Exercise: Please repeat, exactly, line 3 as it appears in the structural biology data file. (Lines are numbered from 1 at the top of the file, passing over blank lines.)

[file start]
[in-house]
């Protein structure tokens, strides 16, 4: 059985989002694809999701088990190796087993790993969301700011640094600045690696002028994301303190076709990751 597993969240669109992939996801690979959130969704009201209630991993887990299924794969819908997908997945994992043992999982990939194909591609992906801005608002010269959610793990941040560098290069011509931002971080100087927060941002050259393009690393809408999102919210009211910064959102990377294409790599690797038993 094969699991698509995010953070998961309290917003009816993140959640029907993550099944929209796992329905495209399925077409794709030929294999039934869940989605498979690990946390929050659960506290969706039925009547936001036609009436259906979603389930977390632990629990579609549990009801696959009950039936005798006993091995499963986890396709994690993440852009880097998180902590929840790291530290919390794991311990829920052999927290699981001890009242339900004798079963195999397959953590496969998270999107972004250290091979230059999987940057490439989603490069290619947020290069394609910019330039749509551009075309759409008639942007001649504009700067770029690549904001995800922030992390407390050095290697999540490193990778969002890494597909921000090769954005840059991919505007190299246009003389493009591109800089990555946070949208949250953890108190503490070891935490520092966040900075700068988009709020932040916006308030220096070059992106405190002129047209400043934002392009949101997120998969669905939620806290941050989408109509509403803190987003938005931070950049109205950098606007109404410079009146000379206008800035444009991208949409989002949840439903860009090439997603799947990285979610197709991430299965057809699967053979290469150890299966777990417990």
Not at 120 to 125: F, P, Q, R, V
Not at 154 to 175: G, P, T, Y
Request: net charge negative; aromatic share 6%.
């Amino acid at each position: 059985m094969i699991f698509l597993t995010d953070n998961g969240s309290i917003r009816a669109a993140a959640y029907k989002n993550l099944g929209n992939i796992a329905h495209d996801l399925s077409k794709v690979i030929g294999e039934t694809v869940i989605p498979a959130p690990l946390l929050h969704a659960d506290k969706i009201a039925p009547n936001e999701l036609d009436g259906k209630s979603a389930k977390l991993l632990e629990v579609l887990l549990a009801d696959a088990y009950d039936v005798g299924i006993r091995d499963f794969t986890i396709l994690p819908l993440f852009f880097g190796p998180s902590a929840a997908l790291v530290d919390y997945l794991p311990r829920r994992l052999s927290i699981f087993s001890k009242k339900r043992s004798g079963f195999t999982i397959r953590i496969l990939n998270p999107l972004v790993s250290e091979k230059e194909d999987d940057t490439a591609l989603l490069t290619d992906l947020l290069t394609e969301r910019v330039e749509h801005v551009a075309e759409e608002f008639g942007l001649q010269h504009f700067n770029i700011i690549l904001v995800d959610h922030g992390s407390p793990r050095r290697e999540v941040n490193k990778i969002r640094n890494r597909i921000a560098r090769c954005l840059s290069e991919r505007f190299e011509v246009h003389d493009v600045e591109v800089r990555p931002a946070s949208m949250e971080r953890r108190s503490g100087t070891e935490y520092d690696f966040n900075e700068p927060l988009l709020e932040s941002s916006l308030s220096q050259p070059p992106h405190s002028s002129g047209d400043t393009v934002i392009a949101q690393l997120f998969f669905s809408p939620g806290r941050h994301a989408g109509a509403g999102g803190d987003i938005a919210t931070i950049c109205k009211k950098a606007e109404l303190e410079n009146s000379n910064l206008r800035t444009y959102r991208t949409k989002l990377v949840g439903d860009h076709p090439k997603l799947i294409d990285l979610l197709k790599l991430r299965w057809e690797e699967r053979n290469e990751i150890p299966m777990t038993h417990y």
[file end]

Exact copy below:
Not at 120 to 125: F, P, Q, R, V